- Mount Aitken, Red Rock and Mount Holden, between Sunbury and Gisborne.

MAAR VOLCANOES

When hot magma rises into rocks that are close to the surface and contain lots of ground water, high pressure steam explosions blast magma and surrounding rocks into clouds of small fragments. The fragments build up to form a ridge around a shallow crater. These are maar volcanoes.

- Lakes Purrumbete, Keilambete and Bullenmerri, near Camperdown

- Lake Terang (dry), near Terang

COMPLEX VOLCANOES

- Tower Hill, near Warrnambool, is a group of scoria cones in a large, lake-filled maar crater.

- Mount Rouse, near Penshurst, includes a large scoria cone with several smaller craters that produced a lava flow that is the longest in western Victoria, over 60 kilometres.

- The scoria cone eruptions of Mount Noorat, Mount Leura and Mount Warrnambool have almost buried their former maar craters.

GROUND ZERO

Volcanic activity in Victoria climaxed between 360 and 370 million years ago during the last part of the Devonian period. At least six giant caldera volcanoes were active, some of them at the one time. Eruptions would have blanketed the surrounding areas in thick layers of ash, having a devastating impact on vegetation and early aquatic life. The gases and dust sent into the upper atmosphere mean the eruptions would have been felt globally.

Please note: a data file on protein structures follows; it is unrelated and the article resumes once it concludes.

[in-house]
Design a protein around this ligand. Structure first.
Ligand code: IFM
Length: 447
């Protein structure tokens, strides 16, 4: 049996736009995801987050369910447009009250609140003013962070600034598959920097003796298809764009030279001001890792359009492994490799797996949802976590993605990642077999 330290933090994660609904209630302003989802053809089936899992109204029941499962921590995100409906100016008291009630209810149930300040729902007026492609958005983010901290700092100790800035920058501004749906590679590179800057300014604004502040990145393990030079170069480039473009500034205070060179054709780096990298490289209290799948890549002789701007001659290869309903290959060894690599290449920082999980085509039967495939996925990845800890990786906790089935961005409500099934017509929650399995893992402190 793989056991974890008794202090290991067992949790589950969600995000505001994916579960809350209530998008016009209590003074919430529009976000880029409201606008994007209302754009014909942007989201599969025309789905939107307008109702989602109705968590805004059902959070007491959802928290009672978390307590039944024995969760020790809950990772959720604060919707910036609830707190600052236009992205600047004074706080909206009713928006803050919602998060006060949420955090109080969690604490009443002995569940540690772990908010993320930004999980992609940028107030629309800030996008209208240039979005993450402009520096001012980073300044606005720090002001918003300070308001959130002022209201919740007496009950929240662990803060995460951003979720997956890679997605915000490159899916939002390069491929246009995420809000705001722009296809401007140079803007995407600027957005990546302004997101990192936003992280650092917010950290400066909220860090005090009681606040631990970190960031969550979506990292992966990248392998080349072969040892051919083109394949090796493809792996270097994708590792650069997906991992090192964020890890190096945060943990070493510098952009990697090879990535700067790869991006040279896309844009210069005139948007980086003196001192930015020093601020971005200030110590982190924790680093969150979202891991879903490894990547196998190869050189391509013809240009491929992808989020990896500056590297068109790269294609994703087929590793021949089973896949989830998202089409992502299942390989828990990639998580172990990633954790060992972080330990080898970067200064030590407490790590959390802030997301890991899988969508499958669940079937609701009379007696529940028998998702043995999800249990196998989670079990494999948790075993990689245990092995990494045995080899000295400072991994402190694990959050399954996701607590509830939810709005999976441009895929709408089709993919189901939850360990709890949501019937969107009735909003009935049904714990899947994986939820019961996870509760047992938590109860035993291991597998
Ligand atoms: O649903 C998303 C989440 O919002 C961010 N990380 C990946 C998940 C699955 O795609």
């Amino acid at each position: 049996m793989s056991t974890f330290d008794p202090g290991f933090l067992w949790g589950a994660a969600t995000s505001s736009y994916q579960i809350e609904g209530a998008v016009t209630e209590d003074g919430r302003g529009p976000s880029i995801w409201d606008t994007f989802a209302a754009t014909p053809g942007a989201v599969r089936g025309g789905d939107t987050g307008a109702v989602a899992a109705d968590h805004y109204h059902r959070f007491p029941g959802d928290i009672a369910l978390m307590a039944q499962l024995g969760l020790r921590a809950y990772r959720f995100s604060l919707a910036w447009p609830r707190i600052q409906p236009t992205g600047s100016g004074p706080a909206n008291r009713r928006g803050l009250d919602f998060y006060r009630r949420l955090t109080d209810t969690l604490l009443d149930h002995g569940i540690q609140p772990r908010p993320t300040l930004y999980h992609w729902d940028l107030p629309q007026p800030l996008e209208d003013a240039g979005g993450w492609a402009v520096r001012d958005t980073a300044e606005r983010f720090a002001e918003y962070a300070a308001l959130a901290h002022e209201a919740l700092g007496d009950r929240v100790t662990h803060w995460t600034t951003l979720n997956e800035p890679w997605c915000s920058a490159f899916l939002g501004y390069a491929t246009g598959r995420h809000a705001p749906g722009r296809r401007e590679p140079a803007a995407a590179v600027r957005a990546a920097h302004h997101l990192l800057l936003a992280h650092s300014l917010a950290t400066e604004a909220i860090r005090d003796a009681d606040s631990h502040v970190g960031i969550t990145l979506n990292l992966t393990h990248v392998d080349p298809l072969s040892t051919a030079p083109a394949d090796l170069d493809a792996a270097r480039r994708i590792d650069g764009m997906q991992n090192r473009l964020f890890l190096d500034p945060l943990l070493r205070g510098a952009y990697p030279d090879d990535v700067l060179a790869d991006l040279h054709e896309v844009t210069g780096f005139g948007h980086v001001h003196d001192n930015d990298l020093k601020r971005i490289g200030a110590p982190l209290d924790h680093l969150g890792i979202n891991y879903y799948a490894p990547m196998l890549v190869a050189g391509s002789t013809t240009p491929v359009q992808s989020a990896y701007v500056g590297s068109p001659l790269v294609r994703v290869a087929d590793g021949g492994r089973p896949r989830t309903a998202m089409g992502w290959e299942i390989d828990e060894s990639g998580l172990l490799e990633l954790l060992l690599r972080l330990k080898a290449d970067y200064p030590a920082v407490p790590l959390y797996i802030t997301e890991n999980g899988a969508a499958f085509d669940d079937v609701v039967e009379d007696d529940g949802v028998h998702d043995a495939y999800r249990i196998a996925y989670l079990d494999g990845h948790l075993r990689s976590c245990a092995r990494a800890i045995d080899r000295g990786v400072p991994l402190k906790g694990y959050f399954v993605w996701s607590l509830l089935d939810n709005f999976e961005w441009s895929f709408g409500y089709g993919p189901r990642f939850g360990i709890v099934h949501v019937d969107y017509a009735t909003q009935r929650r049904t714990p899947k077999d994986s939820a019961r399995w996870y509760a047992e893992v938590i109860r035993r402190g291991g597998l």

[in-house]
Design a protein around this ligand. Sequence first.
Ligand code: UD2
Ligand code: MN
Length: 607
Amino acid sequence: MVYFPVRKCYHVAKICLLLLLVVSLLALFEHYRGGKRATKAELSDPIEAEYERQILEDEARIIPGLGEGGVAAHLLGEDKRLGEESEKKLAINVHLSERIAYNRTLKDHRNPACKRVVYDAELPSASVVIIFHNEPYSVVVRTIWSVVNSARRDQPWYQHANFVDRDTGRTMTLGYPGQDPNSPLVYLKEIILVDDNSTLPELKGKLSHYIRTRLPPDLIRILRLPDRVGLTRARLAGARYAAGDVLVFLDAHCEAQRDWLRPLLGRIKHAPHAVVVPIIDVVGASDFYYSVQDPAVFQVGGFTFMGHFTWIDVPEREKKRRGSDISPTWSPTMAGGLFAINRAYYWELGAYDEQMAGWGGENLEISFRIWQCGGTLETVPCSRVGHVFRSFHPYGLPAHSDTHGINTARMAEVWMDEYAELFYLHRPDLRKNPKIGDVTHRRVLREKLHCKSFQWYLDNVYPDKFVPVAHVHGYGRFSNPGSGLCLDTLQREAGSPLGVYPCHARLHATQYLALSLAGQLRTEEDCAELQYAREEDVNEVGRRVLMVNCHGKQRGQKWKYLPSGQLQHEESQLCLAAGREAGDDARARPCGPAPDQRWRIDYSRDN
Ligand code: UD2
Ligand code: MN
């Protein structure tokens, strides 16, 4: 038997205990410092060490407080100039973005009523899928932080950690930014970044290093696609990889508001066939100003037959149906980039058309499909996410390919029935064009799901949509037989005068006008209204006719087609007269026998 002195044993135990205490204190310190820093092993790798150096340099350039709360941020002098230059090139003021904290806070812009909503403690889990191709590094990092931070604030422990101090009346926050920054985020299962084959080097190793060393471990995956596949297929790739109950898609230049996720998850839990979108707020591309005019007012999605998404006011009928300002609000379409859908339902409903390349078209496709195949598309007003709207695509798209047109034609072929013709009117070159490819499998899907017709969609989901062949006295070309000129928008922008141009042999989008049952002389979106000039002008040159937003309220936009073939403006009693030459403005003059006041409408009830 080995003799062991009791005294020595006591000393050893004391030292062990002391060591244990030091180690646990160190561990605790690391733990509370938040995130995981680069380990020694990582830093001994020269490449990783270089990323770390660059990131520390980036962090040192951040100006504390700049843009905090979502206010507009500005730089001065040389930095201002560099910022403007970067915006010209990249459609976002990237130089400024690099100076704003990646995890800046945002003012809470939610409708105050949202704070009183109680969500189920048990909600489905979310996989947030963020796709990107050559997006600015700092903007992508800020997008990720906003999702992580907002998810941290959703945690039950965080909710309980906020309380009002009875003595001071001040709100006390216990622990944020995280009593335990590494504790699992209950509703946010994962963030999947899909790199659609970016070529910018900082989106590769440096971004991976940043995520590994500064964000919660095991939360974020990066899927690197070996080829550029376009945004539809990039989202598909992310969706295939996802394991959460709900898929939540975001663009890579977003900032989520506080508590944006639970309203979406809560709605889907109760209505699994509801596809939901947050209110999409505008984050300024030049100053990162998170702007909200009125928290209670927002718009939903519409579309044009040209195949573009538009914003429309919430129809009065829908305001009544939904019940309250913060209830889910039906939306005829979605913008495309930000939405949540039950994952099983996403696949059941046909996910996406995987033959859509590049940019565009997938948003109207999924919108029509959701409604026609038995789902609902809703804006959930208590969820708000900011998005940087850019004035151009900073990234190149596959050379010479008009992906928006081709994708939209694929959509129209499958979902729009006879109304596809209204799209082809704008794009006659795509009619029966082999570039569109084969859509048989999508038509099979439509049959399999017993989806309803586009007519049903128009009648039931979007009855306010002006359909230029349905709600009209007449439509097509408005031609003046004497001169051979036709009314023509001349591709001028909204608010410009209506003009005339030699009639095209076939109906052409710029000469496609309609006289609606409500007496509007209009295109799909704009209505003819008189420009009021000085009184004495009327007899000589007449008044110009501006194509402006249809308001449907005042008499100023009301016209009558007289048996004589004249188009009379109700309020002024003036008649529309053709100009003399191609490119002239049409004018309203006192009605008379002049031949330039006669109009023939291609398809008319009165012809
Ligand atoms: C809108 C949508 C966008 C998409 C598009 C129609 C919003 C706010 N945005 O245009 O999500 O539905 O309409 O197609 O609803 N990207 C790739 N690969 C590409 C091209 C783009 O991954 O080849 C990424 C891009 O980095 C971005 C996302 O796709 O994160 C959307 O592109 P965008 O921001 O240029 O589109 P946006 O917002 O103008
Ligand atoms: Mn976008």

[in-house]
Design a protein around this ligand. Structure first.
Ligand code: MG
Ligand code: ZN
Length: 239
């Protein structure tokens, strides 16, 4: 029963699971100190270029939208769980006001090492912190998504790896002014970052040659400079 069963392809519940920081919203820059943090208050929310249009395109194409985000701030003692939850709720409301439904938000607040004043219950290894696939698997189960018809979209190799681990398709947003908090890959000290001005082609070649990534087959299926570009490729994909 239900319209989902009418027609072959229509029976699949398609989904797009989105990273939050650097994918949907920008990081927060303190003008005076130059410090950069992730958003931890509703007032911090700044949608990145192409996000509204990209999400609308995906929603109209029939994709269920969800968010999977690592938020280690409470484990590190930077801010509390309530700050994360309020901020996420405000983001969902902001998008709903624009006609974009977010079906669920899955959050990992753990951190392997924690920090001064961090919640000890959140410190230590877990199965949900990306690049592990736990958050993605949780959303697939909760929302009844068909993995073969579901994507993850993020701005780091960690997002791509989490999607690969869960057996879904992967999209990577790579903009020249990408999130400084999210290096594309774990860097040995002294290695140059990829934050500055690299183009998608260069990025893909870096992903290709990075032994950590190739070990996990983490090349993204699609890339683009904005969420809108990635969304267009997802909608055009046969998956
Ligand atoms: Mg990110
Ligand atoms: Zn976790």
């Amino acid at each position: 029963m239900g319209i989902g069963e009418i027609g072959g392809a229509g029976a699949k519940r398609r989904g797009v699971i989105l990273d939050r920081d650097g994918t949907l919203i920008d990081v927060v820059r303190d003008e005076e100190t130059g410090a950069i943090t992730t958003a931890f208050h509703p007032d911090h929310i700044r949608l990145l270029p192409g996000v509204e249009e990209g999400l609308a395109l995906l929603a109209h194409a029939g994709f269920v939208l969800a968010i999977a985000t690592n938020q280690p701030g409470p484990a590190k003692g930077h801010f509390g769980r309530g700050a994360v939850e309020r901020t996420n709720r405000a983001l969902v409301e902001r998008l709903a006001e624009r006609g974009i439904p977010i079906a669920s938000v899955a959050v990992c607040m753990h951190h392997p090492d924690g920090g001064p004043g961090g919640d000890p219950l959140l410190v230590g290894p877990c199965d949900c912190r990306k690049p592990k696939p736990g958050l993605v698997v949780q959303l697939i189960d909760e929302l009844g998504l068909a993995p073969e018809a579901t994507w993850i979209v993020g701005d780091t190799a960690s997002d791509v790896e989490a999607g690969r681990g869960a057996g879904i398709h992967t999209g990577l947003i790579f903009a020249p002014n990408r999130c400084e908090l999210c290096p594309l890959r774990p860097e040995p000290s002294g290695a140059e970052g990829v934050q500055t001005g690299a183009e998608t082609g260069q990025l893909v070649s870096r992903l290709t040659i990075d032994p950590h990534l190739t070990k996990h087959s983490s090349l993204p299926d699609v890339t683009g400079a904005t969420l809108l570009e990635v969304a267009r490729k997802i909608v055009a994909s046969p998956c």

All of this ash has long since eroded, leaving only the harder volcanic layers that filled the calderas. These remains now form Mount Macedon, the Dandenong Ranges, the mountainous region between Healesville, Warburton and Eildon (including Mount Donna Buang and the Cerberean Ranges) and near Violet Town, in the northern part of the Strathbogie Ranges.